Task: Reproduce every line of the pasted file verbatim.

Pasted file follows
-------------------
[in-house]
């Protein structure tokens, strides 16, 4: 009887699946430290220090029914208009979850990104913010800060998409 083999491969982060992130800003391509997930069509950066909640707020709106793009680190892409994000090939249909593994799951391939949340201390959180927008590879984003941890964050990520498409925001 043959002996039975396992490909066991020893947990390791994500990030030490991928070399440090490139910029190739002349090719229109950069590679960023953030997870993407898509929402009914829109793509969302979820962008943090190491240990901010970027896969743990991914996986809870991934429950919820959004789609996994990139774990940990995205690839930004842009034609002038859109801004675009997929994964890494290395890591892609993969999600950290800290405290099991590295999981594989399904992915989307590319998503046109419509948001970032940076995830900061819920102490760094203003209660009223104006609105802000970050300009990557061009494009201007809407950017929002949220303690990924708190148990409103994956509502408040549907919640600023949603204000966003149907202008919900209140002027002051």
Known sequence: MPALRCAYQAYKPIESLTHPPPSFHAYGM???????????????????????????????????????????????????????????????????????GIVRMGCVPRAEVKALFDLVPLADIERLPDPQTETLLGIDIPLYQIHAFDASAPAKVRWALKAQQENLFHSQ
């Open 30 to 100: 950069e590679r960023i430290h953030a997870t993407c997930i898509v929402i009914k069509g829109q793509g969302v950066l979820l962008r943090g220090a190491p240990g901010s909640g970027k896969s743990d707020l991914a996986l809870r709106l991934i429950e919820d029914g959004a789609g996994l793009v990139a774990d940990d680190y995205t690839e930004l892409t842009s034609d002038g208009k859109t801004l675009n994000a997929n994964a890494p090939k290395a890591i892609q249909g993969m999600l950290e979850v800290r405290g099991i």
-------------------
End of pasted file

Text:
[in-house]
């Protein structure tokens, strides 16, 4: 009887699946430290220090029914208009979850990104913010800060998409 083999491969982060992130800003391509997930069509950066909640707020709106793009680190892409994000090939249909593994799951391939949340201390959180927008590879984003941890964050990520498409925001 043959002996039975396992490909066991020893947990390791994500990030030490991928070399440090490139910029190739002349090719229109950069590679960023953030997870993407898509929402009914829109793509969302979820962008943090190491240990901010970027896969743990991914996986809870991934429950919820959004789609996994990139774990940990995205690839930004842009034609002038859109801004675009997929994964890494290395890591892609993969999600950290800290405290099991590295999981594989399904992915989307590319998503046109419509948001970032940076995830900061819920102490760094203003209660009223104006609105802000970050300009990557061009494009201007809407950017929002949220303690990924708190148990409103994956509502408040549907919640600023949603204000966003149907202008919900209140002027002051």
Known sequence: MPALRCAYQAYKPIESLTHPPPSFHAYGM???????????????????????????????????????????????????????????????????????GIVRMGCVPRAEVKALFDLVPLADIERLPDPQTETLLGIDIPLYQIHAFDASAPAKVRWALKAQQENLFHSQ
């Open 30 to 100: 950069e590679r960023i430290h953030a997870t993407c997930i898509v929402i009914k069509g829109q793509g969302v950066l979820l962008r943090g220090a190491p240990g901010s909640g970027k896969s743990d707020l991914a996986l809870r709106l991934i429950e919820d029914g959004a789609g996994l793009v990139a774990d940990d680190y995205t690839e930004l892409t842009s034609d002038g208009k859109t801004l675009n994000a997929n994964a890494p090939k290395a890591i892609q249909g993969m999600l950290e979850v800290r405290g099991i």